Rome Open City (1945)

Review #1,592

Director:  Roberto Rossellini
Cast:  Anna Magnani, Aldo Fabrizi, Marcello Pagliero
Plot:  During the Nazi occupation of Rome in 1944, the Resistance leader, Giorgio Manfredi, is chased by the Nazis as he seeks refuge and a way to escape.

Genre:  Drama / War
Awards:  Won Palme d'Or (Cannes)
Runtime:  103 mins
Rating:  PG (passed clean) for some disturbing scenes
Source:  Cinecitta Luce

“It's not hard to die well.  The hard thing is to live well.”

Although this is technically not the first film of the Italian neorealist movement, arguably the most influential film movement after the French New Wave in the 1960s, Rome Open City is considered one of its grand milestones, as significant as Vittorio De Sica’s later Bicycle Thieves (1948), and certainly the legendary Roberto Rossellini’s breakthrough work.  It is such a monumental film, not least because it was made as the war was reaching its inevitable conclusion, while spawning two other separate films that make up his ‘War Trilogy’—Paisan (1946) and Germany Year Zero (1948).  

Scripted during the war and based on real-life scenarios and figures that the writers encountered, Rome Open City is a harrowing and powerful anti-war statement.  Its immediacy is all too apparent, a result of relying on a cast of mostly non-professional actors and shooting on location with the wartime ruins of Rome within sight—both of which have since become key elements of the post-war neorealist movement.  

Rome Open City follows Giorgio Manfredi, a Resistance leader who seeks refuge in a friend’s home while plotting a way to escape from the Nazis.  Although the plot centers on him, two other supporting characters are far more fascinating, played by Anna Magnani (as the wife-to-be of Giorgio’s ally) and Aldo Fabrizi (as a priest of a local church).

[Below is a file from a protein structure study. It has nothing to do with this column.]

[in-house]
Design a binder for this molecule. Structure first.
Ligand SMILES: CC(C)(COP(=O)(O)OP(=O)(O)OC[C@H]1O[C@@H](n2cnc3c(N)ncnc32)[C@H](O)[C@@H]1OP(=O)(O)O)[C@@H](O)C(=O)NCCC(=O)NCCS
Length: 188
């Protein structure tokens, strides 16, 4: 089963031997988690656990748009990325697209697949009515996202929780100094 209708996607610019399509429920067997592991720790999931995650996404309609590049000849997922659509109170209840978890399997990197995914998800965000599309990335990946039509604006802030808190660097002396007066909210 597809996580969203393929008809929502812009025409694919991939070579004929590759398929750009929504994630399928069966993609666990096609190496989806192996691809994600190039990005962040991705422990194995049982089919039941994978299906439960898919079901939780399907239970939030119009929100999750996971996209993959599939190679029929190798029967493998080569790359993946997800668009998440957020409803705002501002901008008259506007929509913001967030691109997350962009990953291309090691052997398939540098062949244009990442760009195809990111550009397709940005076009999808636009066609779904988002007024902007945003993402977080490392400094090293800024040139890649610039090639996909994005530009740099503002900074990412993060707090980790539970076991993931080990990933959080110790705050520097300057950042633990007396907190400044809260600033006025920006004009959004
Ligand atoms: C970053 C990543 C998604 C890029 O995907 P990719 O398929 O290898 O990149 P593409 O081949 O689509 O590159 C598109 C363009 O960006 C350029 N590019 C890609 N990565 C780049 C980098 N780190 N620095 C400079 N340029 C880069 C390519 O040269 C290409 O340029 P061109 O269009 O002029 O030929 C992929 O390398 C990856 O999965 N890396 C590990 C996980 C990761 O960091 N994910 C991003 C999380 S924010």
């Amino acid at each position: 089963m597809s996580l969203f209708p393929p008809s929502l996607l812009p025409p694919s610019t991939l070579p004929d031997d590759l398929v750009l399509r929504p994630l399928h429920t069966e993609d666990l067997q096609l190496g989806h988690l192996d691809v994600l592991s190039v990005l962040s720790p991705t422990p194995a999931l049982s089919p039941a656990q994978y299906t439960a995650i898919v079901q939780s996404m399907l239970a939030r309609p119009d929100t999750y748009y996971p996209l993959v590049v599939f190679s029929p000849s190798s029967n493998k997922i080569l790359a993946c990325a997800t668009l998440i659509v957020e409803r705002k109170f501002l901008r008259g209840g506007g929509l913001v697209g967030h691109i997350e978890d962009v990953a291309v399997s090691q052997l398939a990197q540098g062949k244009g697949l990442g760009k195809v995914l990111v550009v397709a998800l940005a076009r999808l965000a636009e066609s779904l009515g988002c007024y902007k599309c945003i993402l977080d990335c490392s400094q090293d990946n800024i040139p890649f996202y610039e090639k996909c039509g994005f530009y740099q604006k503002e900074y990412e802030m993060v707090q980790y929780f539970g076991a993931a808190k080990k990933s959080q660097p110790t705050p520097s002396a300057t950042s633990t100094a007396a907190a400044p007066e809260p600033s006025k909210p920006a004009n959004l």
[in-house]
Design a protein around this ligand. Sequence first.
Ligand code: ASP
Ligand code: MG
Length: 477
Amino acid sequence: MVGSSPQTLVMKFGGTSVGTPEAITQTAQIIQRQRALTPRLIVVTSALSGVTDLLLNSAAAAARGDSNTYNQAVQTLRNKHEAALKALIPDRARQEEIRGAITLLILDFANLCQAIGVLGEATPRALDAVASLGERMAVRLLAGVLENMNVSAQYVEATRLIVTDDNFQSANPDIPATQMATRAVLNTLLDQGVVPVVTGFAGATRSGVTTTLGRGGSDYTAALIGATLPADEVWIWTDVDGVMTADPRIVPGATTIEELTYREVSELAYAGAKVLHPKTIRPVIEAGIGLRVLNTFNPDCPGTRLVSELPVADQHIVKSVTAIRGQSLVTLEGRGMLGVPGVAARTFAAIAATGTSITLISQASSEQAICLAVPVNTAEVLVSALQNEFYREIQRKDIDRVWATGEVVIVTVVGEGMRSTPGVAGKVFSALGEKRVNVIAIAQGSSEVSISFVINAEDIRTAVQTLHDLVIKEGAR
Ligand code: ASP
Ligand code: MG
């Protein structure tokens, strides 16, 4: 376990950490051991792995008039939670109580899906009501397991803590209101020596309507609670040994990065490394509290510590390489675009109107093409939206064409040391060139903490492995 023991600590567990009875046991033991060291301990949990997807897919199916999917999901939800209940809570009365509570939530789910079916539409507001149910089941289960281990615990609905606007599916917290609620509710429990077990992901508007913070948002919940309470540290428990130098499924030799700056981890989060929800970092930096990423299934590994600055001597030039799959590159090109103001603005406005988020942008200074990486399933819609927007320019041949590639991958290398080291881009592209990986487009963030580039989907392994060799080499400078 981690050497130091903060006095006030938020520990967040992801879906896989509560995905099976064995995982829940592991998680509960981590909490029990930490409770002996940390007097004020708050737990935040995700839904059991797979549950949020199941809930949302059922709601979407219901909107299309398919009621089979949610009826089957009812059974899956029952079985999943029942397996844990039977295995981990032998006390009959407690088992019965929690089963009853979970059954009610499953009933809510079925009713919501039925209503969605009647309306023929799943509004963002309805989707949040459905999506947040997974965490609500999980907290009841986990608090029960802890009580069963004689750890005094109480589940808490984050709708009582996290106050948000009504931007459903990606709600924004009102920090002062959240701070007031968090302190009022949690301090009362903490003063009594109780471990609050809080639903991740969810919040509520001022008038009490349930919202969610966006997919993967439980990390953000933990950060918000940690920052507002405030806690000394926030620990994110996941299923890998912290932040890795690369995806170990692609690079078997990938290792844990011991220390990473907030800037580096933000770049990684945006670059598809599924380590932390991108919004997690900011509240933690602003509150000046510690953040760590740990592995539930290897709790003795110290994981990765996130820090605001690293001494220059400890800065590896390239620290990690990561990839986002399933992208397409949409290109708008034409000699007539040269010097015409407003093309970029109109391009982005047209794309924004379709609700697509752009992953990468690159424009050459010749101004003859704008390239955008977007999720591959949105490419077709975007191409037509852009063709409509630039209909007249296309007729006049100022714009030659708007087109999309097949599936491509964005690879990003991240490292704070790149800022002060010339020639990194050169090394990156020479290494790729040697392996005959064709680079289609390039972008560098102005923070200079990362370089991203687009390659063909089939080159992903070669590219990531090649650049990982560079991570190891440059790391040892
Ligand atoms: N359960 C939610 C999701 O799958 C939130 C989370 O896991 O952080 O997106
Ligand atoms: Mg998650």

Magnani’s heartbreaking performance is one of the film’s great triumphs—her face is an image of a thousand words, and notably her character’s desperation in a mid-sequence has been enshrined as one of cinema’s most unforgettable moments.  She would go on to star in Visconti’s Bellissima (1951) and Pasolini’s Mamma Roma (1962).  Fabrizi, on the other hand, plays his religious character with a sense of quiet determination, marked by values of virtue and dignity.  His characterisation remains to be one of my favourite screen portrayals of a holy man operating in a world of cruelty and hate.  

Rome Open City is no doubt in the company of such great anti-war films as All Quiet on the Western Front (1930) and Paths of Glory (1957).  However, because of the manner that it was made, as well as the context of its production, not to mention it doesn’t contain any traditional war or battle scenes, but instead focuses its wartime drama on a set of everyday faces, who struggle—with incredible courage—in the face of evil, that makes it such a unique and essential work.  It has undoubtedly laid some of the strongest groundwork for the kind of neo-neorealist or social realist world cinema that we encounter today.  

Verdict:  Rossellini’s breakthrough film is not just a defining work of Italian neorealism, but a powerful anti-war statement.




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